After a two-year probe into the city's mayoral security detail, the Department of Investigation (DOI) released a scathing 47-page report this month that determined a pattern of inappropriate security usage by Mayor Bill de Blasio and his family that it says amounts to a misuse of public resources for private benefit.

It's estimated that he cost the taxpayers hundreds of thousands of dollars, but the mayor has vigorously attacked the findings, calling them "inaccurate" and naive to the security threats he and his family members face on a daily basis. But questions about the report have continued to dog de Blasio, who has weathered a previous campaign finance scandal and is reportedly exploring a run for governor.

Read More: De Blasio Misused Public Resources During Failed Presidential Run, Report Finds

Here are the key takeaways of the report and why they matter.

What spurred the investigation?

The investigation began in August 2019 following allegations of security abuses reported by news outlets that focused on two issues: how the New York City Police Department provided vehicle escorts of his two children after they were no longer under 24/7 protection, and de Blasio's use of his security detail during his presidential campaign. DOI investigators relied on interviews with the mayor and his wife, First Lady Chirlane McCray, members of his security detail which are run under two units of the NYPD as well as cell phone records and text messages. They also reached out to federal agencies to determine their best practices for managing security for government officials and preventing abuse.

What were the most damaging findings?

During a four-month presidential campaign comprised of 21 trips totaling 60 days, investigators concluded that the NYPD paid approximately $319,794.20 for the mayor's security detail to accompany him. However, that estimate, the report says, only includes travel costs like flights, hotels, rental cars, fuel, and meals. It does not include the salary of the security detail members or any overtime they incurred.

To date, de Blasio has not reimbursed the city for those expenses. Instead, he has filed an appeal to the New York City Conflicts of Interest Board's ruling that said he should repay those costs.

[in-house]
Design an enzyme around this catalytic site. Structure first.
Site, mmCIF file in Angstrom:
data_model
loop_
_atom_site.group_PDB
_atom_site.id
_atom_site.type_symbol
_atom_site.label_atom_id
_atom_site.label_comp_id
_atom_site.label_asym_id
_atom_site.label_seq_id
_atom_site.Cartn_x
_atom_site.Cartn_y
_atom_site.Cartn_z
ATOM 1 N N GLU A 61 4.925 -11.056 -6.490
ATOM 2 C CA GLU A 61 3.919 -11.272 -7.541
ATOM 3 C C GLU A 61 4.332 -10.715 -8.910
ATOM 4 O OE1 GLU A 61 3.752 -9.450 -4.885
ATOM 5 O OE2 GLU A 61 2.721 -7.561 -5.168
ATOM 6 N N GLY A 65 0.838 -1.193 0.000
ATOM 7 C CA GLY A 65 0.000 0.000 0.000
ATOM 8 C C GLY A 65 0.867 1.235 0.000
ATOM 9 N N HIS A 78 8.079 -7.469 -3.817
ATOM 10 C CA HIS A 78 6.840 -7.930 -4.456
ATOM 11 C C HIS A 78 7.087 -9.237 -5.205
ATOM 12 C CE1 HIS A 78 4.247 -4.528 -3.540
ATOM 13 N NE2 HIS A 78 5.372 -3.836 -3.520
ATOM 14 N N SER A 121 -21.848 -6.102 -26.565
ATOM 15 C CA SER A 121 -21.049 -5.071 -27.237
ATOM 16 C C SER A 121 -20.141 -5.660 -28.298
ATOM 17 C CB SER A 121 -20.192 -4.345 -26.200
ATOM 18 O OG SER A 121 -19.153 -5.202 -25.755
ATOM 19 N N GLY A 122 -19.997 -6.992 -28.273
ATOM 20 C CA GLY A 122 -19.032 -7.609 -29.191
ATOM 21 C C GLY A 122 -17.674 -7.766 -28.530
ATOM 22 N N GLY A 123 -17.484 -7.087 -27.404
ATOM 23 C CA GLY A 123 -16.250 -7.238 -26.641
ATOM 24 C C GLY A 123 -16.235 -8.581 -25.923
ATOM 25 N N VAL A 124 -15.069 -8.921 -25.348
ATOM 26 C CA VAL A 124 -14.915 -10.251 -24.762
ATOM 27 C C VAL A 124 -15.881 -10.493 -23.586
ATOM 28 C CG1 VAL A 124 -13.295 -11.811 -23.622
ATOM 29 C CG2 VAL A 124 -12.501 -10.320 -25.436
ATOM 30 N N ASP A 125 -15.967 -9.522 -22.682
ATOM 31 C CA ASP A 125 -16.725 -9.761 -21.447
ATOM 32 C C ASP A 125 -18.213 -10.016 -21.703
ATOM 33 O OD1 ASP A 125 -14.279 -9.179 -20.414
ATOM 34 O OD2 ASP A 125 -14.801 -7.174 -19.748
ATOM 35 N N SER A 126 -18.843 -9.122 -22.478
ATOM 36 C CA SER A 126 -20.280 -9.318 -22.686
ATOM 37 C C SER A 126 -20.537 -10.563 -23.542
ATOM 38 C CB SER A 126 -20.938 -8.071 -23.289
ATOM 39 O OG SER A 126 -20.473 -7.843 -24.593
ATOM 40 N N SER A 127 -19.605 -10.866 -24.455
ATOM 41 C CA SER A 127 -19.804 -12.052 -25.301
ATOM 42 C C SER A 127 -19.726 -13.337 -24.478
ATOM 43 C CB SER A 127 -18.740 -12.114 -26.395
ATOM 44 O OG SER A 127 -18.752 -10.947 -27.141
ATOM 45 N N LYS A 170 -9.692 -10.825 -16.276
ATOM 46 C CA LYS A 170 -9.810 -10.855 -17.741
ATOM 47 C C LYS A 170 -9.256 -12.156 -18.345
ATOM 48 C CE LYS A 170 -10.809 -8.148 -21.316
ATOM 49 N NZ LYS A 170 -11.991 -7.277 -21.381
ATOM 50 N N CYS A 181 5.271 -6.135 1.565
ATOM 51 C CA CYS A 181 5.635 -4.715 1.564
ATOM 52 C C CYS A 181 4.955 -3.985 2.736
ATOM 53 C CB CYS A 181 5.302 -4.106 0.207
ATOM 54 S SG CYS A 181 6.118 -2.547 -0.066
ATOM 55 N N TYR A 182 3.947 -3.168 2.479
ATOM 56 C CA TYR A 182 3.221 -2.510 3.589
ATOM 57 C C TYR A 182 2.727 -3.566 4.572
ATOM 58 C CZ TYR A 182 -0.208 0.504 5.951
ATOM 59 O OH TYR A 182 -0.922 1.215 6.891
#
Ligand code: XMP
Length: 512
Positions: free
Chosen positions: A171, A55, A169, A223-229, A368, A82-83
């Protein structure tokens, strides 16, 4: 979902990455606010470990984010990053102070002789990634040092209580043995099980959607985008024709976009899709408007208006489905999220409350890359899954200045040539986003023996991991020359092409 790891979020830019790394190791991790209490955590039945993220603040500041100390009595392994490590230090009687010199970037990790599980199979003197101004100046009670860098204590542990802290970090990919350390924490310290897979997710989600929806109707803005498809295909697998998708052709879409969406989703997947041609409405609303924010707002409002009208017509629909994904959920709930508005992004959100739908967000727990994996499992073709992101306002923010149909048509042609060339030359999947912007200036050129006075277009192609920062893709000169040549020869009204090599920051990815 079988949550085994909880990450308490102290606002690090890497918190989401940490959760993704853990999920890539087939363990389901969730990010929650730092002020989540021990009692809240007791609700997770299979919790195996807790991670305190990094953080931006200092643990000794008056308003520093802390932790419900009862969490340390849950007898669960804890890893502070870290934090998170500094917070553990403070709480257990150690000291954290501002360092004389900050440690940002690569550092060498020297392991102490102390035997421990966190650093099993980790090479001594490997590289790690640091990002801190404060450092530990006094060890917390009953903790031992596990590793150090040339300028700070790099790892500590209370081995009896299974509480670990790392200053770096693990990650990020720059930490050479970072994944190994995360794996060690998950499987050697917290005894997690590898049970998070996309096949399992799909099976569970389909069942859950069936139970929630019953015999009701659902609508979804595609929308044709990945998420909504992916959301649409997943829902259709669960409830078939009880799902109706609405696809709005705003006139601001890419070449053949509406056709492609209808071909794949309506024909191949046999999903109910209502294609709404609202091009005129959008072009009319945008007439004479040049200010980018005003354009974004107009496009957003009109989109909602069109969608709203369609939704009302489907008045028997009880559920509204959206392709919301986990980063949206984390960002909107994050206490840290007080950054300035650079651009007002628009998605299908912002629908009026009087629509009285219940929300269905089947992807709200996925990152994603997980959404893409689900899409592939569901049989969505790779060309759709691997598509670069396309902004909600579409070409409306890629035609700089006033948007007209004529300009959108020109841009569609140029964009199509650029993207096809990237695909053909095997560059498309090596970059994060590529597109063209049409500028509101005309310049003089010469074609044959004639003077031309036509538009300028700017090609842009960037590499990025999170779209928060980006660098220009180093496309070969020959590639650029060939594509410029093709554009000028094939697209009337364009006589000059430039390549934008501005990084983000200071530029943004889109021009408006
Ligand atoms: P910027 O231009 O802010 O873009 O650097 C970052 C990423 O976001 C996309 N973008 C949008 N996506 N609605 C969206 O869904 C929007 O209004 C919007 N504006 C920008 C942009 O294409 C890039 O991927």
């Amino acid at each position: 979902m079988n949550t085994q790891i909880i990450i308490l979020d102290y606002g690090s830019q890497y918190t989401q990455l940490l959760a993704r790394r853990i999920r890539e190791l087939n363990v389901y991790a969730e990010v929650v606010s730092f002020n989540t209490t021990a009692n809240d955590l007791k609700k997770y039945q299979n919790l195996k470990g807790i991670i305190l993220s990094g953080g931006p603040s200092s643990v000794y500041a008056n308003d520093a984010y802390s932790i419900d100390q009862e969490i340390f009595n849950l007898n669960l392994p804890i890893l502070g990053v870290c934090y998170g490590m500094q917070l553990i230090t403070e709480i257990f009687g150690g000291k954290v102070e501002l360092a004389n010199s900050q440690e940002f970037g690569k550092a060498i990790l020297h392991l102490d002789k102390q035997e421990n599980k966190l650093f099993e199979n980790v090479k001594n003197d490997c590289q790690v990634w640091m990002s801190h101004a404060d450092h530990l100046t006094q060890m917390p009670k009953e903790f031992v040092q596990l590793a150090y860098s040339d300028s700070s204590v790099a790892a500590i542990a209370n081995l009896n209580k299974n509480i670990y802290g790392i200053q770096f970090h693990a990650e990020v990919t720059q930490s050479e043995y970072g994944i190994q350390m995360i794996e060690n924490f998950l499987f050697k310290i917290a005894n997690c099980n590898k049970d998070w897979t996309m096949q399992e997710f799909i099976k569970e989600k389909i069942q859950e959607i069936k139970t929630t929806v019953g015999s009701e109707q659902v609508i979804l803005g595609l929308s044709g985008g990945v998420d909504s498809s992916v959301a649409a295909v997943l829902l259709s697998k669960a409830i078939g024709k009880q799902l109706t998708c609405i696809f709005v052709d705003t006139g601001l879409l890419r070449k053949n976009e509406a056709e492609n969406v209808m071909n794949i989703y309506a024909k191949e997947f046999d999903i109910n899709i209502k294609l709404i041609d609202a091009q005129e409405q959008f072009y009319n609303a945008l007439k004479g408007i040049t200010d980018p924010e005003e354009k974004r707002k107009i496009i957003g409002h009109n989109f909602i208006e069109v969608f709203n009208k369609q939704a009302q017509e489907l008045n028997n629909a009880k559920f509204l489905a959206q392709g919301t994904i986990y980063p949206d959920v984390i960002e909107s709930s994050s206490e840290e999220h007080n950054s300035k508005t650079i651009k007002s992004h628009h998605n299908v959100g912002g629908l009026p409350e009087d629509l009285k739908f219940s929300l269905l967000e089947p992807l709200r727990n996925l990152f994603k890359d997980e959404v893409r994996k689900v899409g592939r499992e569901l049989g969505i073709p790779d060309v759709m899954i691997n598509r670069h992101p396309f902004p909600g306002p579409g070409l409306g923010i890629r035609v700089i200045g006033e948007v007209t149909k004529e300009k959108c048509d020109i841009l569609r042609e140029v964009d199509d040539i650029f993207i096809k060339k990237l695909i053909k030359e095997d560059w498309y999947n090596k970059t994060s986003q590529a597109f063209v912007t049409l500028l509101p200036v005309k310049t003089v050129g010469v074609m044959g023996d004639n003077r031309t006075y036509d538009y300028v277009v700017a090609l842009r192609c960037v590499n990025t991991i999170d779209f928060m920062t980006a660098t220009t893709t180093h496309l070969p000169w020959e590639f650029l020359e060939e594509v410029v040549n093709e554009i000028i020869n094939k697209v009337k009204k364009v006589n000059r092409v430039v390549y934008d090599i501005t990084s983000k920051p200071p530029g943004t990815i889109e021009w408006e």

The report goes into great depth on the use of security detail by de Blasio's two children, Dante and Chiara. It revisits the infamous 2019 incident in which the NYPD helped Chiara, 24 at the time, move from her Brooklyn apartment to Gracie Mansion. McCray told investigators that she was helping her daughter at the time and planned to use her own detail vehicle. But she said not all of the possessions, which included a futon, could fit. In one of several eyebrow-raising details, the report says that McCray said an NYPD van had “miraculously” arrived to assist. Meanwhile, a member of the mayor's security detail said he was instructed by his superior to drive the van to Chiara's apartment.

The mayor has always maintained that he knew nothing about the move, although cell phone records show a call placed from him to his wife during the move.

Dante, meanwhile, used the mayor's security detail to travel to and from Yale University, where he attended college, and to locations within the city, according to the report. Investigators found that following his graduation and beginning around December 2019 or January 2020, he was also driven by members of the NYPD to his job in Brooklyn. The practice stopped during the spring of 2020, around the time of the pandemic.

All told, the report cites 34 instances when Dante de Blasio rode in NYPD vehicles without the mayor or first lady present.

Is any of this illegal?

The report does not accuse the mayor of breaking any laws, but it does point out that the city's charter prohibits public servants from using city resources for personal advantage. It also cites rules adopted by the Conflicts of Interest Board, which does not allow for any use whatsoever of city time or resources for personal gain or political activities.

As a result, the mayor could face fines from the Conflicts of Interest Board for ethical violations.

There is, however, one potential criminal charge that could emerge—NYPD Inspector Howard Redmond, who is in charge of the mayor's security, has been referred to the Manhattan District Attorney’s Office for possible criminal prosecution. The report accuses Redman of obstructing the investigation by failing to respond to multiple requests to hand over to investigators his City Hall and NYPD-issued cell phones. DOI discovered not only deleted messages that they were able to track on the phones of other security detail members, but also an attempt by Redman to destroy his NYPD-issued phone.

The report further added that during his interview, Redman "demonstrated a lack of candor, repeatedly claimed he could not recall the facts around matters under his direct supervision, and gave multiple answers that were not credible in light of the objective evidence and the sworn statements of other witnesses."

How has the mayor responded?

"The entire report is riven with inaccuracies," de Blasio said last week on WNYC's Brian Lehrer Show. "There's not comprehensive research. They didn't talk to the people in charge."